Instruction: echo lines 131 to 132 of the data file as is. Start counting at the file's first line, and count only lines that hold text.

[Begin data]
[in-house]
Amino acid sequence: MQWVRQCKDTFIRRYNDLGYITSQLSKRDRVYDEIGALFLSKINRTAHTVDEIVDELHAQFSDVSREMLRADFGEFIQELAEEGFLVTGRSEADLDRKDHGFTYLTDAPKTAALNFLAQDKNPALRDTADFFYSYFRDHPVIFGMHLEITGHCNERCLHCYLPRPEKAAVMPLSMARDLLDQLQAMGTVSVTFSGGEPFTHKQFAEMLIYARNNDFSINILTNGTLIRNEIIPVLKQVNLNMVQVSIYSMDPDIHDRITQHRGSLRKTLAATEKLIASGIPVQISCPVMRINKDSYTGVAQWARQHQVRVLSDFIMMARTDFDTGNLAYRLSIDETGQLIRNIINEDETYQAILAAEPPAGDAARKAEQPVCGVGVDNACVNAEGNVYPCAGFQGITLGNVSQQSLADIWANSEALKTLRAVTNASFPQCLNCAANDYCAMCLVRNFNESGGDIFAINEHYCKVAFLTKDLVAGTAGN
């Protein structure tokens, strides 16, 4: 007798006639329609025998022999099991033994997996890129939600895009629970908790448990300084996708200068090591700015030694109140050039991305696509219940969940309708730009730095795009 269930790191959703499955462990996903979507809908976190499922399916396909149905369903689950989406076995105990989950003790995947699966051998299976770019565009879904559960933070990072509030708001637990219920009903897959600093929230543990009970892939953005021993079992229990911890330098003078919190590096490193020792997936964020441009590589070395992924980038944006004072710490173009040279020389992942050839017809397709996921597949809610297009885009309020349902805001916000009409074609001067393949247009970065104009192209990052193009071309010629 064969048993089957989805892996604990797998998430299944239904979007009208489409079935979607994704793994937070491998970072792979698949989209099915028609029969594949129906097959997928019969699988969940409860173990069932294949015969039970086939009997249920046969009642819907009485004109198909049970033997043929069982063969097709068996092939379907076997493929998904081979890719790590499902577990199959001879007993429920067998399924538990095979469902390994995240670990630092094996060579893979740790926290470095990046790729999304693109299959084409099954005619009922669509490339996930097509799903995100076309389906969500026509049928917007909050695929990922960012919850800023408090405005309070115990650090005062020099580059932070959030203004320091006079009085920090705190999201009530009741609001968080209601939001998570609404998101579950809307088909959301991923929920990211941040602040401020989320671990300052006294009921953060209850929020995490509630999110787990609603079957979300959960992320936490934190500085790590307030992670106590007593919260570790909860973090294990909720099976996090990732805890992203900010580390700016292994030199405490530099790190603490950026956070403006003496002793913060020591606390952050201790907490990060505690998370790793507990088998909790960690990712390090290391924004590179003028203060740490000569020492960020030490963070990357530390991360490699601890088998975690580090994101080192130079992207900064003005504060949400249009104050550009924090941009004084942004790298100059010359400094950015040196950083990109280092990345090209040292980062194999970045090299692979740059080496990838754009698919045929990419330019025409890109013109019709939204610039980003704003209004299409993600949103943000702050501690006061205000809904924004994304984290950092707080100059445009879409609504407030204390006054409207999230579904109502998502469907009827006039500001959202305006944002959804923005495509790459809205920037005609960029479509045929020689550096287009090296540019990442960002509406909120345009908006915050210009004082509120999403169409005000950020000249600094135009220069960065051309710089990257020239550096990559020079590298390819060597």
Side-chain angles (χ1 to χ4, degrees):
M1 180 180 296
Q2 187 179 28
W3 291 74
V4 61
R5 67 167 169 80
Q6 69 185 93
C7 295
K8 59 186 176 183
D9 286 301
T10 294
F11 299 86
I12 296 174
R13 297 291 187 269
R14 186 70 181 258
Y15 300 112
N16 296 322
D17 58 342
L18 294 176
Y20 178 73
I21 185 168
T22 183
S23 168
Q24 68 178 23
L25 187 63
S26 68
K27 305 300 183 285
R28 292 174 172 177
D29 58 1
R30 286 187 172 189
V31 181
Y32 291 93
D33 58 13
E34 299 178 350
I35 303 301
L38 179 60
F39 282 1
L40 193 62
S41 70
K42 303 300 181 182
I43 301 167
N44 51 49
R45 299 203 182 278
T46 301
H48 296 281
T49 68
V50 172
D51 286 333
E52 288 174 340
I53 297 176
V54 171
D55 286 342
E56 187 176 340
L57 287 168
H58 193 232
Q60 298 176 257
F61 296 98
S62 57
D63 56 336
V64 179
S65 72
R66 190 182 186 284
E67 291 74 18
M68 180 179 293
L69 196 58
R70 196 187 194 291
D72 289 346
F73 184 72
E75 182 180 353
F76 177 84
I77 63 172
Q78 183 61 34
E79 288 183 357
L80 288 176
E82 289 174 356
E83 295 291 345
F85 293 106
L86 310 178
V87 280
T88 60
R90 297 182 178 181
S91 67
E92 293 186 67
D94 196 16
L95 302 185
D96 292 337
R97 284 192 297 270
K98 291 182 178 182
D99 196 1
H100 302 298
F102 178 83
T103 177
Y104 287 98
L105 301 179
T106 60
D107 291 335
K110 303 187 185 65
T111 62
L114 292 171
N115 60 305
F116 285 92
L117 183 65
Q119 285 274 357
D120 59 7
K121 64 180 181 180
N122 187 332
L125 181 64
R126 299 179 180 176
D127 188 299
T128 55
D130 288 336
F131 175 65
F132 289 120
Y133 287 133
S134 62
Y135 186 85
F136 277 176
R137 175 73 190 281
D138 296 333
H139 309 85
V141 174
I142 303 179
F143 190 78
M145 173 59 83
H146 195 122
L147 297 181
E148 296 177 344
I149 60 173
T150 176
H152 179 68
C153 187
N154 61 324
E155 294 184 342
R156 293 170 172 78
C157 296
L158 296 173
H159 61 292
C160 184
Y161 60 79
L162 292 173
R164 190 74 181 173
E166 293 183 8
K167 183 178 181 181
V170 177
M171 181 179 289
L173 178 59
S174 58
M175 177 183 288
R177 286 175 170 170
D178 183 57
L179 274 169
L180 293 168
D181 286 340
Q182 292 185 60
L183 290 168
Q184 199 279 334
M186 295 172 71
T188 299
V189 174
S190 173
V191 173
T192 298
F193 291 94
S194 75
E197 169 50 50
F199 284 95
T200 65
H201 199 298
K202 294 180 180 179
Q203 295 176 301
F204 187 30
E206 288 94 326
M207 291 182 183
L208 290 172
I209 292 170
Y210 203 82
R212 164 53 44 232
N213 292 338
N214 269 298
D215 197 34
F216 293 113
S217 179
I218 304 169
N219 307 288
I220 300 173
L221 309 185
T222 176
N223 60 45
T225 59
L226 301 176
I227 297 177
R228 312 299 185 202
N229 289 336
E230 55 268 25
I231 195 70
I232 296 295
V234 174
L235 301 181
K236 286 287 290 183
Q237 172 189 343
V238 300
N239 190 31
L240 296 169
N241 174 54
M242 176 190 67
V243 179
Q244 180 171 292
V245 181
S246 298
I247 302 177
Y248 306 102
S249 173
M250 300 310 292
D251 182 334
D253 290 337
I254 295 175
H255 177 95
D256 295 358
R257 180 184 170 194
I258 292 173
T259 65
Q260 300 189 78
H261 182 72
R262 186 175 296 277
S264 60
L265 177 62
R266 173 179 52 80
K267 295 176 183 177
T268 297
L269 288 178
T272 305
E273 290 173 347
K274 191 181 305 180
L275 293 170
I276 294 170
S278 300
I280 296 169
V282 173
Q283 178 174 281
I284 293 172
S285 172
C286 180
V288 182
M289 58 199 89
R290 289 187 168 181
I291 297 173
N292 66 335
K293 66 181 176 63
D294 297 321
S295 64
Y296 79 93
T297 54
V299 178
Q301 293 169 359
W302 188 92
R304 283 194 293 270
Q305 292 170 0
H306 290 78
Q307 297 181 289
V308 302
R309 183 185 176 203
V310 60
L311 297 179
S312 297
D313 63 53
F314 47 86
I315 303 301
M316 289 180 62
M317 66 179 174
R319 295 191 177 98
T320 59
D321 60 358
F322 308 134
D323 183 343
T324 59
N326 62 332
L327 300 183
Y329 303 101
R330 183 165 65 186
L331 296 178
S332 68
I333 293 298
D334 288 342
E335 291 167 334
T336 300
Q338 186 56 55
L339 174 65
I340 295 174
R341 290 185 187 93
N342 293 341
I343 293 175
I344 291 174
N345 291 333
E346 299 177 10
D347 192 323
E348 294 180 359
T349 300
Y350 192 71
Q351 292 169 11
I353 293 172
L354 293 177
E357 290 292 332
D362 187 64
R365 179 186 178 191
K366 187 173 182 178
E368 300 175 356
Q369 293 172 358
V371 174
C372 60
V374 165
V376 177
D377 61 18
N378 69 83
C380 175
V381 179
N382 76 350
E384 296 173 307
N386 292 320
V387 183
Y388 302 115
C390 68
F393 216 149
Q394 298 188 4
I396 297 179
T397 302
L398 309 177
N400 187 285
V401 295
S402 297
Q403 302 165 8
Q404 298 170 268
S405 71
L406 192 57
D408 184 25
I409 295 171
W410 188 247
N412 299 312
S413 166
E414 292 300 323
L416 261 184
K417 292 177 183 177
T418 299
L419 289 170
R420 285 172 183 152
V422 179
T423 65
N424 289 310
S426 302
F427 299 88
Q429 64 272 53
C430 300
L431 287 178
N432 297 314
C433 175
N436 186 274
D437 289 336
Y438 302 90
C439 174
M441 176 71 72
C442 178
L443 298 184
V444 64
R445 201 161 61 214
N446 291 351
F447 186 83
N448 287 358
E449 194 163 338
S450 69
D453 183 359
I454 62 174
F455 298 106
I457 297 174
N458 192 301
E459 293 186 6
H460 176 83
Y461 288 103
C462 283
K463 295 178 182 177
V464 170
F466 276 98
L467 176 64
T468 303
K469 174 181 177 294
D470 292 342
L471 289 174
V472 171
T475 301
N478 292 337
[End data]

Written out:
I149 60 173
T150 176